03-15-2007, 11:48 AM
-sounds like a guy the Democrats could negotiate with, get a little diplomacy going, maybe some cash to his favorite charity to bring him to the table of diplomacy. Sarcasm intended here as he plays directly to the cut n' run crowd in control of Congress. Our in-the-air-on-the-net counter propoganda is mired in the confines of political correctness and cultural sensitivity. We need to appear that we understand muslim extremists, we wouldn't want the world to think we hate them.

03-15-2007, 11:52 AM
I have no idea what you are talking about. al-Zawahiri is clearly addressing Islamists here, and the tape contains interesting info as to where the Islamists' debate is at.

J Wolfsberger
03-15-2007, 01:17 PM
He's addressing the Islamists, but I don't think he ever says anything without considering how it will resonate in the western media, and especially among leftist politicians.

03-15-2007, 02:14 PM
Zawahiri's 3rd point is aimed directly at the West, rubbing salt in the already guilt-ridden, festering psyches of Western Liberals/Socialists. He should be concerned about the Palis, since the north flank of Israel, hizbullah, does not have carte blanche spending from Iran any more and IDF/Shin Beit can allocate a few more resources to internal threats. Zawahiri's pep talk coincides nicely with KSM's 'confession' too, which of course was known to be forthcoming by jihadis for quite some time. He's good all right. His ' we are winning, you are losing' spiel plays nicely with the likes of Barack Obama who wants us out of Iraq in a year so we can better focus on Afghanistan, where "very real kind of threats" exist.

03-15-2007, 02:31 PM
Zawahiri's 3rd point is aimed directly at the West, rubbing salt in the already guilt-ridden, festering psyches of Western Liberals/Socialists.

Really? The blogger's main point appears to be that Zawahiri was mainly attacking Hamas for participating in Palestinian elections and negotiations with Israel rather than launching a glorious wave of suicide bombers, thus seeking to marginalize Hamas and Egyptian MB's participation in elections. This may be related AQ possibly looking into setting up a franchise (http://www.jamestown.org/terrorism/news/article.php?articleid=2369762)in Palestine.

03-15-2007, 05:11 PM
I concur with the idea that this tape is meant for Zawahiri's fellow islamists - specifically al Qaeda supporters and fans. He's just summarizing current events and putting his own political spin on them.

Old Eagle
03-15-2007, 06:00 PM
Sorry. This is part of a very elaborate information campaign, aimed at the broadest possible Muslim population as well as western audiences. There are both exhortations to the faithful and warnings (veiled and otherwise) to the broader audience. We are in a war of ideas, religious and otherwise, and this is a major part of the campaign plan.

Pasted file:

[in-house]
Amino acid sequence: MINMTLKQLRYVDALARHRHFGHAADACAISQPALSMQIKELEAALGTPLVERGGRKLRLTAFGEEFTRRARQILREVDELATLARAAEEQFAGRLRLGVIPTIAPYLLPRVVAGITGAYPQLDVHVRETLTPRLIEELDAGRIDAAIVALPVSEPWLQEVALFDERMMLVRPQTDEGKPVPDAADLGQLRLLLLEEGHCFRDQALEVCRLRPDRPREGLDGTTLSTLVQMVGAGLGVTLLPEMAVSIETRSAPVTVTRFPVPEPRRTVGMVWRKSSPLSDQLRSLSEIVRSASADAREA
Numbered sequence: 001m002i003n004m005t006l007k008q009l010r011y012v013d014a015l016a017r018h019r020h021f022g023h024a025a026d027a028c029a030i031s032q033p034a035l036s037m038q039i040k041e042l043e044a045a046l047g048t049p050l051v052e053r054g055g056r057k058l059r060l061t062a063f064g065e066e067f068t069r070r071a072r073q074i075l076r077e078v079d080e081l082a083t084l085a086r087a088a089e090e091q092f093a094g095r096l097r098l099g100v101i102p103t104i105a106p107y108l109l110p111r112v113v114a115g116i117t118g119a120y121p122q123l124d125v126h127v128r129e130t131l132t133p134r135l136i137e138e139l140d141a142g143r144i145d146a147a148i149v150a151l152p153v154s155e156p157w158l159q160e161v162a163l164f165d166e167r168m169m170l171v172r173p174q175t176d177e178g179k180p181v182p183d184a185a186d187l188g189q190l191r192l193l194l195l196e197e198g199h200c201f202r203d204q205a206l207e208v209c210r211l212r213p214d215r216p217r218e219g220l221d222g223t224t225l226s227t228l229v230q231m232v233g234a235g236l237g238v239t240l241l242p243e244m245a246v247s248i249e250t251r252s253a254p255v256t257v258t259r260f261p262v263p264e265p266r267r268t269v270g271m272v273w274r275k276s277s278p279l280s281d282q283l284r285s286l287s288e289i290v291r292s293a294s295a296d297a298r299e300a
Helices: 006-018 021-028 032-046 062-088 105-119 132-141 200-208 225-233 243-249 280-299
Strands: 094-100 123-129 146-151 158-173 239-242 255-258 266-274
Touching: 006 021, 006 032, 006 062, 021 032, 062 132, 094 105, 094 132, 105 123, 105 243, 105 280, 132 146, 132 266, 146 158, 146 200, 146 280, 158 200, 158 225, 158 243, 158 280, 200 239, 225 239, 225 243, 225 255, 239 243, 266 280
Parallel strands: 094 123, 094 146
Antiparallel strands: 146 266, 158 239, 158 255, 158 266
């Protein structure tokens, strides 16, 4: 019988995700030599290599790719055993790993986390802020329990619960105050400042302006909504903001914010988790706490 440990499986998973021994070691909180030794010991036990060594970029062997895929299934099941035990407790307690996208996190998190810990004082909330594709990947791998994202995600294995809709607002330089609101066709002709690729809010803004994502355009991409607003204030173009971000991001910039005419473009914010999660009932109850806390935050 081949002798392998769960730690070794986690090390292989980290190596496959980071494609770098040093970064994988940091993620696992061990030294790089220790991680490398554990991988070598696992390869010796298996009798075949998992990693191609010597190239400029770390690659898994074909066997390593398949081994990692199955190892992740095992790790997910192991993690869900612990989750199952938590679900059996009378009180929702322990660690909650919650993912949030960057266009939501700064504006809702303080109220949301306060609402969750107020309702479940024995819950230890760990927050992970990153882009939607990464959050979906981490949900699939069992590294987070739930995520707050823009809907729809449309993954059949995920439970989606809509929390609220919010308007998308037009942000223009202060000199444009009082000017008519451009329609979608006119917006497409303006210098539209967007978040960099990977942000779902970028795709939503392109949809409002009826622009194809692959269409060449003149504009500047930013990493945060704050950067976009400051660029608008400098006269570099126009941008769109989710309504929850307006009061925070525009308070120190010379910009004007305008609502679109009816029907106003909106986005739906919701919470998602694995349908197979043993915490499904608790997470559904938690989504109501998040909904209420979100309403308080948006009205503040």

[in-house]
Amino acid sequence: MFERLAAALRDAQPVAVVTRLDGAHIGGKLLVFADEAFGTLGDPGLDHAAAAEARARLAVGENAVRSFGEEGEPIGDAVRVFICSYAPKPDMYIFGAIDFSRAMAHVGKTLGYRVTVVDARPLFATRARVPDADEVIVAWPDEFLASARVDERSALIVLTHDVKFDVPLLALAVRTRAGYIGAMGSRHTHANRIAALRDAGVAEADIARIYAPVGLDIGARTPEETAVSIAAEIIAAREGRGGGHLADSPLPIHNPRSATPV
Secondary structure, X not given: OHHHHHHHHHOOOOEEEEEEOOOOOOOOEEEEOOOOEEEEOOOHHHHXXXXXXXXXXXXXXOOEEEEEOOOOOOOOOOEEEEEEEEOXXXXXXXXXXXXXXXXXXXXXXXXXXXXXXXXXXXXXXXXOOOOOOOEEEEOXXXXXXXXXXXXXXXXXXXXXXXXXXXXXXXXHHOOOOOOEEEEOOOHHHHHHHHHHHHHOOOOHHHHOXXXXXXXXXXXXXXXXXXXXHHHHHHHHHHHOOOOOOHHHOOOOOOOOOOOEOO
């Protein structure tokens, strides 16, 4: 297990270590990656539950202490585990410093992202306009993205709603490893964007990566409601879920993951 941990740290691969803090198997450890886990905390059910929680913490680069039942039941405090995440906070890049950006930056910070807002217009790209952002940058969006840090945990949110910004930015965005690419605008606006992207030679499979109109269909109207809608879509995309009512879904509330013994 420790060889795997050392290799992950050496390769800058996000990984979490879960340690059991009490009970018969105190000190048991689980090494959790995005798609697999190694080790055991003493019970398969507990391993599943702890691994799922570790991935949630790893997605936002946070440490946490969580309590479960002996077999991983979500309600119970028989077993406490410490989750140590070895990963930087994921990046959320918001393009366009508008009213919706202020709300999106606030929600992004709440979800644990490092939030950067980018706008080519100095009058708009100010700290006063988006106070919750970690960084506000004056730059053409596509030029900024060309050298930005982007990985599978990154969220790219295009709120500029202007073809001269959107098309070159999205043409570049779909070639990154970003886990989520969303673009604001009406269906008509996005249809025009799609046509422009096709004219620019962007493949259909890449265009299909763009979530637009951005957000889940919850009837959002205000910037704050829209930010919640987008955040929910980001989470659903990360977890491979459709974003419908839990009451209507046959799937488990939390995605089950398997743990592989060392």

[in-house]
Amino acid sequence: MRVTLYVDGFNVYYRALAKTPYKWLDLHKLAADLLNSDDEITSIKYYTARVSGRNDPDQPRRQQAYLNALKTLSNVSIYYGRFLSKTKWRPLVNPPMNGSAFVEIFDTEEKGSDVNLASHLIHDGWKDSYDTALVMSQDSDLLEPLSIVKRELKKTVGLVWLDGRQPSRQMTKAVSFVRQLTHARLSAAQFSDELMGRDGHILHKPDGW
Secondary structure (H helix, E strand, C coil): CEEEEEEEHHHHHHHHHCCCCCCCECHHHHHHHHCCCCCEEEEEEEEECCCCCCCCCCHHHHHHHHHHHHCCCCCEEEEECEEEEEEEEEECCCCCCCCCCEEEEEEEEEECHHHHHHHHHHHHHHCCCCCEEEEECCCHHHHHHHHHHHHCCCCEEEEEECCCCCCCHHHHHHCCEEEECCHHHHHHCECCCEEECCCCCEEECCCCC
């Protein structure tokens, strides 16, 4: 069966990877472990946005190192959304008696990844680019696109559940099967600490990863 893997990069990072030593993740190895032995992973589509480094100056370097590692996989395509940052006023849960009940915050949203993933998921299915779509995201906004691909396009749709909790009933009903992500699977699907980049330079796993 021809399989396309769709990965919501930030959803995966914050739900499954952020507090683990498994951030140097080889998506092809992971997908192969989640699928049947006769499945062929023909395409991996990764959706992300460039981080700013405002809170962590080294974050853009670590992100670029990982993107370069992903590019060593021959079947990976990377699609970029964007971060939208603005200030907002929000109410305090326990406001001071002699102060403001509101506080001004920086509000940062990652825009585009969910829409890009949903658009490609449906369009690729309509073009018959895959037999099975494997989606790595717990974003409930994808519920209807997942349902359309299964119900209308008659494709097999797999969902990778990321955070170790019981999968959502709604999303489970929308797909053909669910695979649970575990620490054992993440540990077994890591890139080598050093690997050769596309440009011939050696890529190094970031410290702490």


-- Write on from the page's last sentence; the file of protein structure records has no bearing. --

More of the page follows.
The very contemporary references, as opposed to the dated references in previous tapes, show that Z-man is in close contact with the technological base.

03-16-2007, 04:29 PM
Regarding AQ opening a Palestinian franchise: say hello (http://www.nytimes.com/2007/03/16/world/middleeast/16jihad.html?hp)!

The men belong to a new militant Islamic organization called Fatah al Islam, whose leader, a fugitive Palestinian named Shakir al-Abssi, has set up operations in a refugee camp here where he trains fighters and spreads the ideology of Al Qaeda.

He has solid terrorist credentials. A former associate of Abu Musab al-Zarqawi, the leader of Al Qaeda of Mesopotamia who was killed last summer, Mr. Abssi was sentenced to death in absentia along with Mr. Zarqawi in the 2002 assassination of an American diplomat in Jordan, Laurence Foley. Just four months after arriving here from Syria, Mr. Abssi has a militia that intelligence officials estimate at 150 men and an arsenal of explosives, rockets and even an antiaircraft gun.

03-17-2007, 03:27 AM
Regarding AQ opening a Palestinian franchise: say hello (http://www.nytimes.com/2007/03/16/world/middleeast/16jihad.html?hp)!

Thank you for the link, tequila. But... AQ in Palestine said "hello" back in July 2006. Some said they heard about it even in 2005. Question is how big and influential are they since Palestinians have such nationalistic feelings (which Dr.Z and AQ don't like at all).

03-17-2007, 12:18 PM
Well this is not really "Palestinian" AQ, as it is based in refugee camps in Lebanon and appears to be mostly made up of Saudis right now. However, it does appear to have a good recruiting base in the camps and the Lebanese are apparently in no hurry to root them out. We'll see how this develops.